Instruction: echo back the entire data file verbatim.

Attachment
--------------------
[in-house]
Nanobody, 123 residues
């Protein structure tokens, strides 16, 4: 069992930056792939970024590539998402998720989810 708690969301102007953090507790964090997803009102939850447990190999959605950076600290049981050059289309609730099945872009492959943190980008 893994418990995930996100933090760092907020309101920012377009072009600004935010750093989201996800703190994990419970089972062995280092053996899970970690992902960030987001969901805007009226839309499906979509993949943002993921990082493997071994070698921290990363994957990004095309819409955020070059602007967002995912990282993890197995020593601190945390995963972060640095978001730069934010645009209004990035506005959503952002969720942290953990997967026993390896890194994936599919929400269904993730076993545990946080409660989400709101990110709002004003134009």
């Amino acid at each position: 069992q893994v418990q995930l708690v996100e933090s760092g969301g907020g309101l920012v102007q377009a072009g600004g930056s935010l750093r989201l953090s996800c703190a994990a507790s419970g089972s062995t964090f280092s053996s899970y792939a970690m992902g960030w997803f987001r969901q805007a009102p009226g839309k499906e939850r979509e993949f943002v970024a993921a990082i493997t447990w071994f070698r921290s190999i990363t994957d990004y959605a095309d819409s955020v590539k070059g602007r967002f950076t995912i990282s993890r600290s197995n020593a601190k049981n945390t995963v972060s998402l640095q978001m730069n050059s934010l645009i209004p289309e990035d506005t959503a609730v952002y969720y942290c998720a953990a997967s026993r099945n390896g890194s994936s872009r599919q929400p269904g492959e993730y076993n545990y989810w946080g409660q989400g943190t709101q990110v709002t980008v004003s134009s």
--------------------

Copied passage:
[in-house]
Nanobody, 123 residues
């Protein structure tokens, strides 16, 4: 069992930056792939970024590539998402998720989810 708690969301102007953090507790964090997803009102939850447990190999959605950076600290049981050059289309609730099945872009492959943190980008 893994418990995930996100933090760092907020309101920012377009072009600004935010750093989201996800703190994990419970089972062995280092053996899970970690992902960030987001969901805007009226839309499906979509993949943002993921990082493997071994070698921290990363994957990004095309819409955020070059602007967002995912990282993890197995020593601190945390995963972060640095978001730069934010645009209004990035506005959503952002969720942290953990997967026993390896890194994936599919929400269904993730076993545990946080409660989400709101990110709002004003134009």
């Amino acid at each position: 069992q893994v418990q995930l708690v996100e933090s760092g969301g907020g309101l920012v102007q377009a072009g600004g930056s935010l750093r989201l953090s996800c703190a994990a507790s419970g089972s062995t964090f280092s053996s899970y792939a970690m992902g960030w997803f987001r969901q805007a009102p009226g839309k499906e939850r979509e993949f943002v970024a993921a990082i493997t447990w071994f070698r921290s190999i990363t994957d990004y959605a095309d819409s955020v590539k070059g602007r967002f950076t995912i990282s993890r600290s197995n020593a601190k049981n945390t995963v972060s998402l640095q978001m730069n050059s934010l645009i209004p289309e990035d506005t959503a609730v952002y969720y942290c998720a953990a997967s026993r099945n390896g890194s994936s872009r599919q929400p269904g492959e993730y076993n545990y989810w946080g409660q989400g943190t709101q990110v709002t980008v004003s134009s």